More cost overruns at Vancouver Olympic Village

Vancouver city council will debate a report Thursday detailing the need for almost $22 million in new funding to complete the city-backed portions of the Olympic Village.

Affordable housing will cost $15M more than planned: report

Vancouver city council will debate a report Thursday detailing the need for almost $22 million in new funding to complete the city-backed portions of the Olympic Village.

The administrative report, which was completed May 25 and will be presented to the standing committee on city services and budgets Thursday, outlines the additional funding needed to complete the Southeast False Creek development.

City council will be asked to approve $21,895,200 in new funding to complete the public portion of the development that will house athletes during the 2010 Winter Games.

With the current budget increase, taxpayers will be on the hook for a total of $45 million in cost overruns accumulated since the project began in 2005, said Coun. Geoff Meggs.

"What stunned me when I read the report late yesterday was that the project office [overseeing the development] itself had gone over budget early in 2008," Meggs said.

"So, at a time when we were counting on the project office to manage the overruns in the Millennium [condominium] project and so many other areas, they themselves didn't have approval, as far as I can tell, for their own spending."

Higher budget requested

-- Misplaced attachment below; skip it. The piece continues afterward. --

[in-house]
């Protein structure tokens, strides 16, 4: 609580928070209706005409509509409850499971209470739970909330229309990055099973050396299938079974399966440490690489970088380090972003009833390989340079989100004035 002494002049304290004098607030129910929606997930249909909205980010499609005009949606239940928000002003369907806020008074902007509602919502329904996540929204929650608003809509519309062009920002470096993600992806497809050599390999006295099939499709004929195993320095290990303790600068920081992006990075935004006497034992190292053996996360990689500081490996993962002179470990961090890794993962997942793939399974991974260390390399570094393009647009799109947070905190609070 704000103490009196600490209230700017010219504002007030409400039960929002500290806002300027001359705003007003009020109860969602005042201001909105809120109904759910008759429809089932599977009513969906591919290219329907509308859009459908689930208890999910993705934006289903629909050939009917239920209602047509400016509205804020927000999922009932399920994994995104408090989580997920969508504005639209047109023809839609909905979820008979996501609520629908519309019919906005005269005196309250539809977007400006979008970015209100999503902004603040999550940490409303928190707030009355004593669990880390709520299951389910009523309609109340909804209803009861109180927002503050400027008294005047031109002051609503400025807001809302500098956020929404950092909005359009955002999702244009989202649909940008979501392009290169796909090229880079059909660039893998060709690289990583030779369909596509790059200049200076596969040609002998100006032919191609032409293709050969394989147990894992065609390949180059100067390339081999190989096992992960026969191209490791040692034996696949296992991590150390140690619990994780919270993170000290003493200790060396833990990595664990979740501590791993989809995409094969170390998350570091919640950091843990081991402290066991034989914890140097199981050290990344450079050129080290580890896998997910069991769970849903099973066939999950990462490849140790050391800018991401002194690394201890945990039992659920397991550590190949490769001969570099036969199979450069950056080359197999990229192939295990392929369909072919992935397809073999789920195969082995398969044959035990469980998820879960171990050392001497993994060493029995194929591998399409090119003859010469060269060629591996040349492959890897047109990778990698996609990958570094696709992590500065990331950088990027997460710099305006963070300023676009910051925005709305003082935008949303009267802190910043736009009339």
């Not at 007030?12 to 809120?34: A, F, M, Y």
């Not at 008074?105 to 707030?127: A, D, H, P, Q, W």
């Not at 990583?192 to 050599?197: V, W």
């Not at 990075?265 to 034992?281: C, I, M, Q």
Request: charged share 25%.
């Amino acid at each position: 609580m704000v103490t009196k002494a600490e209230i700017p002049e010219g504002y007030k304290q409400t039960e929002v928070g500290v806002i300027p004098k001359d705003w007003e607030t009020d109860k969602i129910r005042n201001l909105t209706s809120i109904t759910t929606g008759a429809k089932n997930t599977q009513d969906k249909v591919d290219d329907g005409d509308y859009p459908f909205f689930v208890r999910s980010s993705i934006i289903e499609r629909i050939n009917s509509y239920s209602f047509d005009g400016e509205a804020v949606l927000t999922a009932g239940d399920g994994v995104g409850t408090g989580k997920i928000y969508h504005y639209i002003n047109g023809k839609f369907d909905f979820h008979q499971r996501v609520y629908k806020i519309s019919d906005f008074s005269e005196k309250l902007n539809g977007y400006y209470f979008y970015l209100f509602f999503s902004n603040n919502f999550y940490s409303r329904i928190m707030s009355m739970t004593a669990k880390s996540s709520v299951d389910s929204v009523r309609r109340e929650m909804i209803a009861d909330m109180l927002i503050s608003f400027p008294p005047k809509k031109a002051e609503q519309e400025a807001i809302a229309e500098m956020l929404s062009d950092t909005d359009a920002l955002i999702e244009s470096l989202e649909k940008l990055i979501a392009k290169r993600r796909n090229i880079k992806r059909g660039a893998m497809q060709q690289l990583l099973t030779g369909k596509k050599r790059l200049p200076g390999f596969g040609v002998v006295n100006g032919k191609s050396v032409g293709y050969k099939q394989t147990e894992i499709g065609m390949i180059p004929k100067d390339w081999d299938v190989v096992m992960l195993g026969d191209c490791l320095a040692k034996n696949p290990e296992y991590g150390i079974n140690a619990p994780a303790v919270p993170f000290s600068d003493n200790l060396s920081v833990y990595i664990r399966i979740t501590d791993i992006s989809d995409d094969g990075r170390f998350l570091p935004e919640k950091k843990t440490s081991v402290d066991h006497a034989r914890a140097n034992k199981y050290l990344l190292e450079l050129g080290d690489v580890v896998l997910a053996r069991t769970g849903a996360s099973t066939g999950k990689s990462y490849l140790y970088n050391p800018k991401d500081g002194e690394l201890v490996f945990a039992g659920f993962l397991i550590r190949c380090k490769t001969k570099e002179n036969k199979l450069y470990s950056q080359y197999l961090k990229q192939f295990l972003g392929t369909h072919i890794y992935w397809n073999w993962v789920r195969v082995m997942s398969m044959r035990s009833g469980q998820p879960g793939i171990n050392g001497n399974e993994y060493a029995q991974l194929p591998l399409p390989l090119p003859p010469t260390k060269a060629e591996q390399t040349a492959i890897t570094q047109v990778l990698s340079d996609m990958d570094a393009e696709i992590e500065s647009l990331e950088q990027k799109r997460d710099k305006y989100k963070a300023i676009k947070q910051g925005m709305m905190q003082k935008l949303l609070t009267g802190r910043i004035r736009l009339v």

The project office is requesting a roughly 37 per cent increase in its operating budget: from $3,490,600 approved in May 2005 to the $4,795,800 requested in the report. An increase of $1,305,200.

The affordable housing component of the development, 252 units in total, was originally budgeted to cost about $95 million and will now cost $110 million.

The report quotes, "escalating construction prices, change orders related to incomplete tender drawings and anticipated BC Housing financing costs."

An additional $5,520,000 will be requested to complete the civic centre, which includes a community centre, boating facility, daycare centre and restaurants. The civic centre was originally slated to cost $30.5 million and the report estimates it will now cost just over $36 million.

Dave Cobb, senior vice-president for revenue, marketing and communications on the Vancouver Organizing Committee for the 2010 Olympic and Paralympic Winter Games (VANOC), said his concern is less about the cost and more that the project will be completed on time for the Games.

"I mean, obviously, we would have the same concern as any British Columbian would have, but in our role as the organizing committee, the critical issue for us is will we get the units in time to convert them for Olympic use before the athletes arrive," said Cobb.

The proposed funding is in addition to the $100-million "bailout loan" council approved in October 2008 for the privately funded portion of the village being built by the Millennium Development Corp. after the hedge funds financing the condominium project pulled out because of the economic downturn.